Supply chains are currently in crisis. They have been for a long time now, ever since the start of the Covid-19 pandemic reshaped the way the world works. Stressed shipping networks and operational blockages – coupled with China’s insistence on a Covid-zero policy – means that cargo tanker rates are at an all-time high and that there just aren’t enough of them. McDonalds and KFCs in Asia are running out of French fries to sell, not because there aren’t enough potatoes in Idaho, but because there aren’t enough ships to deliver them to Japan or to Singapore from Los Angeles. The war in Ukraine has placed a particular emphasis on food supply chains by disrupting global wheat and sunflower oil supply chains and kicking off distressingly high levels of food price inflation across North Africa, the Middle East and Asia. It was against this backdrop that Indonesia announced a complete ban on palm oil exports. That nuclear option shocked the markets, set off a potential new supply chain crisis and has particular implications on future of crude oil pricing and biofuels in Asia.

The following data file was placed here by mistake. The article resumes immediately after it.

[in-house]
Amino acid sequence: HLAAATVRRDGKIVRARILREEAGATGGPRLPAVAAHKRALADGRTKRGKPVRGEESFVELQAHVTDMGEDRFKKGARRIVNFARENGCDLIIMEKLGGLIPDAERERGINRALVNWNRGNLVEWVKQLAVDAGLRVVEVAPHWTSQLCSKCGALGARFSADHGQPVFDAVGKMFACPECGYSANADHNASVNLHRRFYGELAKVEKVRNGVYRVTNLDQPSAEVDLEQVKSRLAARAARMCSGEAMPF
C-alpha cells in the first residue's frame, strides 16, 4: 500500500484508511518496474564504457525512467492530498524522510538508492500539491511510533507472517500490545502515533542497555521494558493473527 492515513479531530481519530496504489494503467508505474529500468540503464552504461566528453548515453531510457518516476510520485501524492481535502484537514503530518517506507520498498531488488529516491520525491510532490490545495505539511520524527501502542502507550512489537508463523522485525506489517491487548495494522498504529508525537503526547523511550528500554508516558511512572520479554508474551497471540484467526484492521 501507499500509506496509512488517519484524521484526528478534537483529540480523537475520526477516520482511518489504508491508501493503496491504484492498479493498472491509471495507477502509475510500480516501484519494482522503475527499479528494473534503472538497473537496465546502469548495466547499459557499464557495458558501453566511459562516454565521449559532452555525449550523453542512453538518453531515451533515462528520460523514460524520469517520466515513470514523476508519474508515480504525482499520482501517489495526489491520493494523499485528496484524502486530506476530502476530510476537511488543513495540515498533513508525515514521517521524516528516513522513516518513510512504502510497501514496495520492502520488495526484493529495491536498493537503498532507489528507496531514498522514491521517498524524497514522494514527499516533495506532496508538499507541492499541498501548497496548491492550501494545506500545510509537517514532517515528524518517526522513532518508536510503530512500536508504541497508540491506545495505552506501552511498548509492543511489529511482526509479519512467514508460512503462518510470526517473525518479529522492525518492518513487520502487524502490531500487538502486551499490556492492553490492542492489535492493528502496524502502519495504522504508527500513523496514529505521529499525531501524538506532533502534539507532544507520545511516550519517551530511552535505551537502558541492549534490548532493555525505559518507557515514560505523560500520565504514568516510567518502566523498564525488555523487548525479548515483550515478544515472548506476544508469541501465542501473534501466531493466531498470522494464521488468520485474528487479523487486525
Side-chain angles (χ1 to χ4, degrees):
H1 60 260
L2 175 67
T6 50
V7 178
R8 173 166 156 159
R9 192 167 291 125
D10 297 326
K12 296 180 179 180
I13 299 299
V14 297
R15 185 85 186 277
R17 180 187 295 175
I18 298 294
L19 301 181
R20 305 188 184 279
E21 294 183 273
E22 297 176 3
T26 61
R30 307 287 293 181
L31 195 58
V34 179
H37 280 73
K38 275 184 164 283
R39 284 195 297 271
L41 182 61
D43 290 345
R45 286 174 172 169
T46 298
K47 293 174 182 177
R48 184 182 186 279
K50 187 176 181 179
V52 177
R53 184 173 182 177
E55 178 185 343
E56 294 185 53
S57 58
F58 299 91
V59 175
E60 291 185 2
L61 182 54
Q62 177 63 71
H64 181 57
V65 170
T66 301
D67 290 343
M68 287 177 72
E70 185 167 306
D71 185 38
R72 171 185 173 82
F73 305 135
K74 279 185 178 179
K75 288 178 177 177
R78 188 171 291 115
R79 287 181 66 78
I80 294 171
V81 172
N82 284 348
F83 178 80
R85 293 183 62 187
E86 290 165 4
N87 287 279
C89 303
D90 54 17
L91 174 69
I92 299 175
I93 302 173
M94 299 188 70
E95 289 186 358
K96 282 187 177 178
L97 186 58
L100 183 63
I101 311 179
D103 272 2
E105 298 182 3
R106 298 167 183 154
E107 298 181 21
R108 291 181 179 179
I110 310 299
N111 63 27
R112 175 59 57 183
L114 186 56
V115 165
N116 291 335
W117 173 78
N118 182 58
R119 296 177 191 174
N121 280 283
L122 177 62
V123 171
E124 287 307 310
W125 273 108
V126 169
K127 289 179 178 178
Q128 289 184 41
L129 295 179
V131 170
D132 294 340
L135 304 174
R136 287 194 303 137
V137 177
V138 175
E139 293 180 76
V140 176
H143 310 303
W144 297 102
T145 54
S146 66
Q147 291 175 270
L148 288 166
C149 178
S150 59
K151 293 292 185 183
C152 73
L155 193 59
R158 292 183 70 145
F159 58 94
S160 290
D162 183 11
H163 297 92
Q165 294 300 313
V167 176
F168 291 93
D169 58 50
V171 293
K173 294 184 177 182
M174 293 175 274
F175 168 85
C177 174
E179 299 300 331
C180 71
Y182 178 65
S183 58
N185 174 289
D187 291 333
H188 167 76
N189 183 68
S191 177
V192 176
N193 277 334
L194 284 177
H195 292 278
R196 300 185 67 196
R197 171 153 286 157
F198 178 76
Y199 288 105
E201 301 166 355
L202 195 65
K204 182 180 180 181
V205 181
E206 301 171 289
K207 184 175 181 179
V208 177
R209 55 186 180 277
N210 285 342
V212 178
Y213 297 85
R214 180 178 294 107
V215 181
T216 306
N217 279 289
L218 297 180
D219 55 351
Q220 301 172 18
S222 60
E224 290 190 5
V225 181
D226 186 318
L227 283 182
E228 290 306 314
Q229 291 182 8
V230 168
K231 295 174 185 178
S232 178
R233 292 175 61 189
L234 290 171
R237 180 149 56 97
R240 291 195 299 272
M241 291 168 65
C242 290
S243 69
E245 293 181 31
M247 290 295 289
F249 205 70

A brief recap. Like most of Asia, Indonesia has been grappling with food price inflation as consequence of Covid-19. Like most of Asia, Indonesia has been attempting to control this through a combination of shielding its most vulnerable citizens through continued subsidies while attempting to optimise supply chains. Like most of Asia, Indonesia hasn’t been to control the market at all, because uncoordinated attempts across a wide spectrum of countries to achieve a similar level of individual protectionism is self-defeating.